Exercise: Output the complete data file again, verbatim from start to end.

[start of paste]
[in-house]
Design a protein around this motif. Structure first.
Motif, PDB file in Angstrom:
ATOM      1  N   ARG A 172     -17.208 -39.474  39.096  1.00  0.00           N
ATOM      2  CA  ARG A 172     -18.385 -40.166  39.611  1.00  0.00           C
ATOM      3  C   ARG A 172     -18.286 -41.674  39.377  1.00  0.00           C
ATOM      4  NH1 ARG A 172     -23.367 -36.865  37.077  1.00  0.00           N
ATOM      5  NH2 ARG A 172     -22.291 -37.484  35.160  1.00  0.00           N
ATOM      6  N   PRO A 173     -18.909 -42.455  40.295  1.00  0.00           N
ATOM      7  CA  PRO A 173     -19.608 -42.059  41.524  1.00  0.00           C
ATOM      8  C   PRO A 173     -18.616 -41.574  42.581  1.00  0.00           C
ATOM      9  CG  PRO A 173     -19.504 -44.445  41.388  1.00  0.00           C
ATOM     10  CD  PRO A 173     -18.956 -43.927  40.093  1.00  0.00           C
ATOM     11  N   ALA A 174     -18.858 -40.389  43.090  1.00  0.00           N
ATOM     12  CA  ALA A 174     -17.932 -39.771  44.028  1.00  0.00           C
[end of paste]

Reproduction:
[in-house]
Design a protein around this motif. Structure first.
Motif, PDB file in Angstrom:
ATOM      1  N   ARG A 172     -17.208 -39.474  39.096  1.00  0.00           N
ATOM      2  CA  ARG A 172     -18.385 -40.166  39.611  1.00  0.00           C
ATOM      3  C   ARG A 172     -18.286 -41.674  39.377  1.00  0.00           C
ATOM      4  NH1 ARG A 172     -23.367 -36.865  37.077  1.00  0.00           N
ATOM      5  NH2 ARG A 172     -22.291 -37.484  35.160  1.00  0.00           N
ATOM      6  N   PRO A 173     -18.909 -42.455  40.295  1.00  0.00           N
ATOM      7  CA  PRO A 173     -19.608 -42.059  41.524  1.00  0.00           C
ATOM      8  C   PRO A 173     -18.616 -41.574  42.581  1.00  0.00           C
ATOM      9  CG  PRO A 173     -19.504 -44.445  41.388  1.00  0.00           C
ATOM     10  CD  PRO A 173     -18.956 -43.927  40.093  1.00  0.00           C
ATOM     11  N   ALA A 174     -18.858 -40.389  43.090  1.00  0.00           N
ATOM     12  CA  ALA A 174     -17.932 -39.771  44.028  1.00  0.00           C